The one resource I saw over the past two weeks I can’t get out of my head is this video of Elon Musk describing his systems improvement process. It’s short, only two and a half minutes in length, but incredibly insightful.
When I think of process improvement, my first thoughts are automation, simplification, and just going faster. That’s the basis of process improvement and we should always start there, right?
Wrong! My lightbulb moment was Elon describing why starting with those steps is a mistake. His five steps summarized from the video are:
- Make requirements less dumb. Your requirements are definitely dumb. They are particularly dangerous if a smart person gave them to you.
- Delete the part or process. If you’re not periodically adding processes back after having deleted them, you’re not removing enough. Don’t add requirements just in case, don’t hedge.
- Simplify and optimize. Don’t optimize what shouldn’t exist, complete steps one and two first.
- Accelerate cycle times. Only go faster once the first three steps are complete, don’t dig your grave faster.
- Automate. But only automate after completing the prior four steps. Do not complete these steps backwards.
Every single Think Like an Owner podcast guest talks about process improvement in their company. The podcast itself has undergone substantial process improvement, and has a ways to go. I’m testing software that can entirely remove certain steps involved in producing a podcast. It should reduce costs and labor, resulting in a more efficient system.
One process that’s had substantial improvement over the last year is audio editing. Audio editing has been handed off to Mathew Passy resulting in a better process because it: 1) Frees my time, deleting a process on my end; 2) Sends the task to someone with a better process for completing that task; 3) Accelerates cycle time of producing a podcast since he’s faster than I am.
But outsourcing isn’t the silver bullet for process improvement. Sometimes it’s easier to just outsource an unnecessary process instead of deleting it altogether, especially if we’ve been doing that process in our business for a long time. Worse still, outsourcing inhibits our vision into that process, hampering our ability to think critically about the process itself and make improvements.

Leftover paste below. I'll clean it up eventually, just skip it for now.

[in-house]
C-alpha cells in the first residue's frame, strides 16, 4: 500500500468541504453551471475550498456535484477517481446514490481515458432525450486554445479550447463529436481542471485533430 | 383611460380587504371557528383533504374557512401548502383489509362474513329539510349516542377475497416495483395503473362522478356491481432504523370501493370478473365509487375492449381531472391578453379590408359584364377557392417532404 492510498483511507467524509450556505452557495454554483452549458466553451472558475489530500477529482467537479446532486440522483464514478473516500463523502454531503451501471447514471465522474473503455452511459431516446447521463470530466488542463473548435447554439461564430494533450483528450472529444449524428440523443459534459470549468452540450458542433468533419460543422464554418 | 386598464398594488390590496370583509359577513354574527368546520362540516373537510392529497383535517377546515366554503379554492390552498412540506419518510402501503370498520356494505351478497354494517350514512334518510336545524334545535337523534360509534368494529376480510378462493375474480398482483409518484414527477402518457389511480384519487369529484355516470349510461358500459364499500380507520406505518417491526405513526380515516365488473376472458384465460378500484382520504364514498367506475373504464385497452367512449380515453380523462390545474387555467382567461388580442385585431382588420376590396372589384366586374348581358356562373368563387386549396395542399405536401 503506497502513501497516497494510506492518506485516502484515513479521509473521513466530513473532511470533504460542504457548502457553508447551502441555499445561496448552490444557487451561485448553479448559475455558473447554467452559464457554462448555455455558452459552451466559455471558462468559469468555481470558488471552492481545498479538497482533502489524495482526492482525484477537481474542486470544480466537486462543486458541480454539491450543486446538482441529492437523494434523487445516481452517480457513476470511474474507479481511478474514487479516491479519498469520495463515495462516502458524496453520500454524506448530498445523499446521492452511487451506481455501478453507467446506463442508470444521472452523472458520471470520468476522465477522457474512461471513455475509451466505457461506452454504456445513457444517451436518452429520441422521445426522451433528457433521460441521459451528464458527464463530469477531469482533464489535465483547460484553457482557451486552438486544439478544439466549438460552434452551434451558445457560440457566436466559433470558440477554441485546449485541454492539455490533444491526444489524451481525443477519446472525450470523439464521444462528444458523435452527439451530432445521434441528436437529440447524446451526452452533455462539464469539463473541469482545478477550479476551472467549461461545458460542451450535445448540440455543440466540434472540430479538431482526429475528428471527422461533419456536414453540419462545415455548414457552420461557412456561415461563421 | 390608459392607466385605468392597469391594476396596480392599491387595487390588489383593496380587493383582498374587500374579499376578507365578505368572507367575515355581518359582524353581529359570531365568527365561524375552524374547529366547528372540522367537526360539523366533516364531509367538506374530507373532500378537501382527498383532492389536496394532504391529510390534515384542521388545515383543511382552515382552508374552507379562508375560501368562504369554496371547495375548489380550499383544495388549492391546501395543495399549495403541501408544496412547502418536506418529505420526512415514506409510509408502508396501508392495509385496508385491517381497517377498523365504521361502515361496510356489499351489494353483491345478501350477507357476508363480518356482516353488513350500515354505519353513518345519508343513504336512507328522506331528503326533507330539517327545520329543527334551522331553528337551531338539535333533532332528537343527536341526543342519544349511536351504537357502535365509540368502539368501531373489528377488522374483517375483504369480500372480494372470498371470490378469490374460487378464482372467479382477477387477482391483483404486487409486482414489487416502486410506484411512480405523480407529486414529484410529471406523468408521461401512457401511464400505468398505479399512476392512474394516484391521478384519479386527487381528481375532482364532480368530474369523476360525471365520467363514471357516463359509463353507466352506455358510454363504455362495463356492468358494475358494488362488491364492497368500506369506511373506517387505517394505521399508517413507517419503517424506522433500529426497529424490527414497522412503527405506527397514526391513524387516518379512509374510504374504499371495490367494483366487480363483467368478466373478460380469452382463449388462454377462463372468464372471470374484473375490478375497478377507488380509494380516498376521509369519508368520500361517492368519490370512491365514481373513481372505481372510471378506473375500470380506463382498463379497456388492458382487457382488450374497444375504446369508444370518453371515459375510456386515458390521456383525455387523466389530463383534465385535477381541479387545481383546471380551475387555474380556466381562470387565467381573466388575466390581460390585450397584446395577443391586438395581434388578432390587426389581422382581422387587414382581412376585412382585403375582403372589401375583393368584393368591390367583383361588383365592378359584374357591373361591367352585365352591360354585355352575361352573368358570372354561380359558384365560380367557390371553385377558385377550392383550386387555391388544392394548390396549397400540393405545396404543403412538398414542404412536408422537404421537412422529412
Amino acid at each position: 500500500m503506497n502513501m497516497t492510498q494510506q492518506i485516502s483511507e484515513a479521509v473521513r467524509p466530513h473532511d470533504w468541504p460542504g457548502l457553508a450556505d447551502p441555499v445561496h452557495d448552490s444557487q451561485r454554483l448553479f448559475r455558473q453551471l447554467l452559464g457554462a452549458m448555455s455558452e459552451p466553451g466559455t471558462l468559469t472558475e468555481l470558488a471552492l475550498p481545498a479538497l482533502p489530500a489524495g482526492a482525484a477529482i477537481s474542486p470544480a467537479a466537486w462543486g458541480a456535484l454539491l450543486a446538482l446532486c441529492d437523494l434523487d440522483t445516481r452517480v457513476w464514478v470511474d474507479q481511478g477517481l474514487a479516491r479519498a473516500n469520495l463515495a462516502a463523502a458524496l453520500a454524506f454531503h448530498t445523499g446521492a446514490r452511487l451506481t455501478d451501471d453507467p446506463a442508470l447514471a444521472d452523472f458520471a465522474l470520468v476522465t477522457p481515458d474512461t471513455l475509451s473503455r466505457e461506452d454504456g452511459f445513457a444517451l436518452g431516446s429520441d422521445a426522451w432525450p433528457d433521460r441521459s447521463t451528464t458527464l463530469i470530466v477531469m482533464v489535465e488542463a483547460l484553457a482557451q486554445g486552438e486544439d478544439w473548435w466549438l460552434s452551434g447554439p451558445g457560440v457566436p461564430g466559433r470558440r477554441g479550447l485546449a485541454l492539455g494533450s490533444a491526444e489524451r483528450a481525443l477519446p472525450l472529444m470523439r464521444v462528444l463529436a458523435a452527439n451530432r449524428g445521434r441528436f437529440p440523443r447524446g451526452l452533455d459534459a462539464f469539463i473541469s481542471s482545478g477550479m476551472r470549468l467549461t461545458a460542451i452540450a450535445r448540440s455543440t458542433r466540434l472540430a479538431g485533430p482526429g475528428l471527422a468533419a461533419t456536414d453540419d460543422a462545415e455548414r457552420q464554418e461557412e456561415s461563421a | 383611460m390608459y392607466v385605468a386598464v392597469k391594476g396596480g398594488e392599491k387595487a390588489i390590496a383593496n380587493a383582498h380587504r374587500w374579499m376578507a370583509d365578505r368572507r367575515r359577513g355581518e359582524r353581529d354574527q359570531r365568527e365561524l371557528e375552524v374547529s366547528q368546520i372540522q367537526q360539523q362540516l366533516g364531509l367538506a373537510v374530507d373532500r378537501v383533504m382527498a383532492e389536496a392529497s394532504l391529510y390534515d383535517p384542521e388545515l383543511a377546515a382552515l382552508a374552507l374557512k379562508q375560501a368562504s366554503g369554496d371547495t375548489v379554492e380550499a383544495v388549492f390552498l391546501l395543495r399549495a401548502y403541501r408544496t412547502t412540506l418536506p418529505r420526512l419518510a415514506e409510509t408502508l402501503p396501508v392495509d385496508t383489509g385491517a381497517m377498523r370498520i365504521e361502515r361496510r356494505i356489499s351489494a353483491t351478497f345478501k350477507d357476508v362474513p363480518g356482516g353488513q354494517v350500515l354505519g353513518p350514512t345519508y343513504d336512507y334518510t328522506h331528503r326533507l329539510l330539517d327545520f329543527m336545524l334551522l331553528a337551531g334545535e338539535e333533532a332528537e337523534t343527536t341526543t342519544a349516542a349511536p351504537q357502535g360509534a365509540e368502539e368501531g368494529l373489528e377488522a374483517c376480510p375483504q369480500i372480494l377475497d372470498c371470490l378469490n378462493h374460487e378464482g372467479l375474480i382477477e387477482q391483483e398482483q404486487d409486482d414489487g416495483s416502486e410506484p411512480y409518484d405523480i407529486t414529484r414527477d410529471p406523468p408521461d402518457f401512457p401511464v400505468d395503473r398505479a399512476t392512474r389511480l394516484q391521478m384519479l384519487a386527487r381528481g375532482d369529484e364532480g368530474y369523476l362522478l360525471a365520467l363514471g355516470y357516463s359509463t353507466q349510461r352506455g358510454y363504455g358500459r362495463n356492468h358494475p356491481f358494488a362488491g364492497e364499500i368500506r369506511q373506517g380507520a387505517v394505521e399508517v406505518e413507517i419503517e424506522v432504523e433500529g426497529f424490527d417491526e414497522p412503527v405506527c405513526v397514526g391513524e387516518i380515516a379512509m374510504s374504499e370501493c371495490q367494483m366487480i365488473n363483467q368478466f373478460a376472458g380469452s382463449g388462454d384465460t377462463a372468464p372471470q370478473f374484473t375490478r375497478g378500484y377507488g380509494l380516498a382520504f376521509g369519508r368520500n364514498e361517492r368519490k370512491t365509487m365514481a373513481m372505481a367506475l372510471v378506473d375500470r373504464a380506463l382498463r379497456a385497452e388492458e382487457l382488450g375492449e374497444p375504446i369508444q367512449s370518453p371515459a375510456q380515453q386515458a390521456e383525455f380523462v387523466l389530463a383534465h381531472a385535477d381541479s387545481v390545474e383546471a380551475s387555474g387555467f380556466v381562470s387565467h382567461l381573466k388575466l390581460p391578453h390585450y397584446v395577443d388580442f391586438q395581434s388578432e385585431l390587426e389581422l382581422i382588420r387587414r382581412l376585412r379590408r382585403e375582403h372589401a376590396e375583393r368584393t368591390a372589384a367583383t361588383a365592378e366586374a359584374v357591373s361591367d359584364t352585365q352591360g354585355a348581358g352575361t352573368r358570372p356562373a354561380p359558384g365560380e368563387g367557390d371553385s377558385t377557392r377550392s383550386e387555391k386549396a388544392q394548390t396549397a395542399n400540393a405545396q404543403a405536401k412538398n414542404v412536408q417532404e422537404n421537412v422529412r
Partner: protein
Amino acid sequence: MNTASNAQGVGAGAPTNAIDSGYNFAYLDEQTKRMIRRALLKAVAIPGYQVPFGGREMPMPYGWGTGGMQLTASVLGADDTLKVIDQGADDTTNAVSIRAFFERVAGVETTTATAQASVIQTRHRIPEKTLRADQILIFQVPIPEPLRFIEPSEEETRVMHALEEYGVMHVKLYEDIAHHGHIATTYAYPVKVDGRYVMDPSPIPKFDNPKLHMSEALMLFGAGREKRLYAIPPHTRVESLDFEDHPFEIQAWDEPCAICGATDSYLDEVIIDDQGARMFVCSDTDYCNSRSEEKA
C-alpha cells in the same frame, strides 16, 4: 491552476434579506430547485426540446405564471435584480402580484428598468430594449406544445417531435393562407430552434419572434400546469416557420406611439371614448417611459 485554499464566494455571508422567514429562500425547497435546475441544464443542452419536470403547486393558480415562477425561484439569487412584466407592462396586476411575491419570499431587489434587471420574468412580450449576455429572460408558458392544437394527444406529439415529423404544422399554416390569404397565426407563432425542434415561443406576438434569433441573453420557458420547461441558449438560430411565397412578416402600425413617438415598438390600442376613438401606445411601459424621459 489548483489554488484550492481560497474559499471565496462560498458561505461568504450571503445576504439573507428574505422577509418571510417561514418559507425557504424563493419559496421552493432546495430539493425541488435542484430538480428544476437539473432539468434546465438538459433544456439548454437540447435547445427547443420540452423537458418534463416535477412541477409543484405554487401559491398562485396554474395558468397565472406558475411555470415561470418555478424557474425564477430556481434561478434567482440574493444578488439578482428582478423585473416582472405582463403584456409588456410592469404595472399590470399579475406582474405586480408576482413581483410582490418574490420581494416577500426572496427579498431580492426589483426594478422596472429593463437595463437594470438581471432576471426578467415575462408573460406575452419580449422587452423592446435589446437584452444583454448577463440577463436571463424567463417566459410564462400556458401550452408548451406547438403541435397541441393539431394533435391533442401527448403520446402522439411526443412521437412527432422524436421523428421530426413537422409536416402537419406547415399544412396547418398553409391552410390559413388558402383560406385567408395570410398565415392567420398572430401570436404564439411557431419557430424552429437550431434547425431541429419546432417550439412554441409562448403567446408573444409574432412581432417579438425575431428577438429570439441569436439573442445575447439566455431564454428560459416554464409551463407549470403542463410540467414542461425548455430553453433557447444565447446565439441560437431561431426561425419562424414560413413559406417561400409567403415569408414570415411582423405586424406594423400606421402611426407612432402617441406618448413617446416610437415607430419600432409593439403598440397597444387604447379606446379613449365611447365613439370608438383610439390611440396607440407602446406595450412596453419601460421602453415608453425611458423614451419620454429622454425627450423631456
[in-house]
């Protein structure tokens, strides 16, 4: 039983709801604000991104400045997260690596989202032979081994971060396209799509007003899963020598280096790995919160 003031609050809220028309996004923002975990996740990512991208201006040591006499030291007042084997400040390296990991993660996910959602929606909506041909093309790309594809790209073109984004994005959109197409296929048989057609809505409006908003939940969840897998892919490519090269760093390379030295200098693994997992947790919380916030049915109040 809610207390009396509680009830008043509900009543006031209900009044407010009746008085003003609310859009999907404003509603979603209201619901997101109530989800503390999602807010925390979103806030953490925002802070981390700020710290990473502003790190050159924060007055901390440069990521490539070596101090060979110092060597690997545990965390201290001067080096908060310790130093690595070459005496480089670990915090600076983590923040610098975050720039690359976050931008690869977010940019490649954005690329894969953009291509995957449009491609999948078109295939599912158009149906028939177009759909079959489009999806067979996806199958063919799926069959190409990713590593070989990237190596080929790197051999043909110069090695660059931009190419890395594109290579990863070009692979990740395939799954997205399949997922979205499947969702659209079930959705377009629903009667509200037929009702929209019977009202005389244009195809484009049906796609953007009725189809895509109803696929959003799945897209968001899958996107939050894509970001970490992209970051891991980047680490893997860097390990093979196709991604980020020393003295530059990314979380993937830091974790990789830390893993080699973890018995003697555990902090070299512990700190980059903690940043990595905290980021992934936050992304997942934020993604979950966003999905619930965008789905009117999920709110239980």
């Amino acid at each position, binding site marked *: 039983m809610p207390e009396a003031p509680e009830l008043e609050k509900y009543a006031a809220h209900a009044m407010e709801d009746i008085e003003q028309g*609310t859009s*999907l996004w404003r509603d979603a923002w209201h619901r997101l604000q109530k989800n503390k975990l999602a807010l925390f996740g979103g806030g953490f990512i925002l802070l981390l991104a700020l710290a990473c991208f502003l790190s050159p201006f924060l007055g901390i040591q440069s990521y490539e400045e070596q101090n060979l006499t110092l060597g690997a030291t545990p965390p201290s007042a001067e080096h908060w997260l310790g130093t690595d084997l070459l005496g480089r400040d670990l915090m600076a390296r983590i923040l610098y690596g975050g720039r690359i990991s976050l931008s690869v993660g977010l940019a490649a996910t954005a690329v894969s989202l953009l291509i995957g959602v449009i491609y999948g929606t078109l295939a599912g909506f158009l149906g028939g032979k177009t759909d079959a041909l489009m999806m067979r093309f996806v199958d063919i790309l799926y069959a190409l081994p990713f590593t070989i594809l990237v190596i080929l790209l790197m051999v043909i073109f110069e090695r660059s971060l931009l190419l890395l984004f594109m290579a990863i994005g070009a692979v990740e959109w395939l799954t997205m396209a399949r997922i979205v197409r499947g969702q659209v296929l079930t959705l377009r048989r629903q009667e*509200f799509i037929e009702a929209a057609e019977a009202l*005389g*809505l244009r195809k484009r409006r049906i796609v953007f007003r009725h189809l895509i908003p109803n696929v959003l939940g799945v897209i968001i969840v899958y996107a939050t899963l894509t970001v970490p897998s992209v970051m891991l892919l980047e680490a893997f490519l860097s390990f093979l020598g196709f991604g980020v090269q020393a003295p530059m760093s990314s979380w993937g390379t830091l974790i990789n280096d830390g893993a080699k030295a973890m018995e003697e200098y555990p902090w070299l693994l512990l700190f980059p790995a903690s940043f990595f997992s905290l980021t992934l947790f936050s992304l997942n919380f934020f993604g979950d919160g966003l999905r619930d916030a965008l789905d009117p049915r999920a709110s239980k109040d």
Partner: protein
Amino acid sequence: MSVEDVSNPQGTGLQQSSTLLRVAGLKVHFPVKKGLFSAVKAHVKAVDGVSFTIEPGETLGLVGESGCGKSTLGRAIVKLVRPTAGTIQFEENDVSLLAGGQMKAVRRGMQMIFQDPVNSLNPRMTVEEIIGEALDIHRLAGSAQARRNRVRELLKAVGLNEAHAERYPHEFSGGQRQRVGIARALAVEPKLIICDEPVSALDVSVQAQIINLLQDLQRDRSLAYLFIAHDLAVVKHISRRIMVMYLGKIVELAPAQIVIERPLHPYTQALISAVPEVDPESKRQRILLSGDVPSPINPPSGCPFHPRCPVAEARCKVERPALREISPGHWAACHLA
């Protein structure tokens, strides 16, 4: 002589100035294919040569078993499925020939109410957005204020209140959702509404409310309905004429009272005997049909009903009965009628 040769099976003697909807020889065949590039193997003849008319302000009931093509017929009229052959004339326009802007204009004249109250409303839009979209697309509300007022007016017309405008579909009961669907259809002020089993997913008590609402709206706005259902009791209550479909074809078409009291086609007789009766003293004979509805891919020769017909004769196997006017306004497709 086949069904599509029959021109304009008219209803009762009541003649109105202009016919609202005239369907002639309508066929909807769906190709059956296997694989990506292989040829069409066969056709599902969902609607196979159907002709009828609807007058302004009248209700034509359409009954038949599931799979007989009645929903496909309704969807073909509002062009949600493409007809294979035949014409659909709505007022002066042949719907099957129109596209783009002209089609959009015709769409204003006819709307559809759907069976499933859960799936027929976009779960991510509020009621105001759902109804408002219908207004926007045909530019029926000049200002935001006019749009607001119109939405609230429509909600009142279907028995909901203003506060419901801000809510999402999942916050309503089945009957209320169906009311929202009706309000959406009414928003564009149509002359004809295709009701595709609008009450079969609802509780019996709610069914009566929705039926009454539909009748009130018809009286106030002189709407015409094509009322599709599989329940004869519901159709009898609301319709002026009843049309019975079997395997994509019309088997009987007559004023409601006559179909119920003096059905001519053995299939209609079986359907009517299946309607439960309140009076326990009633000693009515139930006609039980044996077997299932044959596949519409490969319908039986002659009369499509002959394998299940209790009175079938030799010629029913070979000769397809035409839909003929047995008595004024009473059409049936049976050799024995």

Perhaps I should be starting with the first step, make my requirements less dumb. Take transcripts for example. The vast majority of listeners never open the transcript, they’re the second most expensive piece of content to produce besides the episode itself, and adding them to each episode is a very manual process. Clearly I should simplify my production process and eliminate transcripts, currently a requirement of mine for producing a new episode.
But on the other hand, those with hearing impairments and folks who enjoy searching through an episode for keywords of topics benefit tremendously from transcripts. Should I be optimizing a process that’s mostly unnecessary for the sake of a few listeners. So far my answer has been yes, but Elon’s thoughts really make me think about what processes I run in my business that should be cut entirely, rather than simplified, optimized, and automated.
What are your dumb requirements? What processes in your business do you need to delete?
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If you found an interesting article, podcast, or interview that I missed, please let me know. I’m always looking for great content.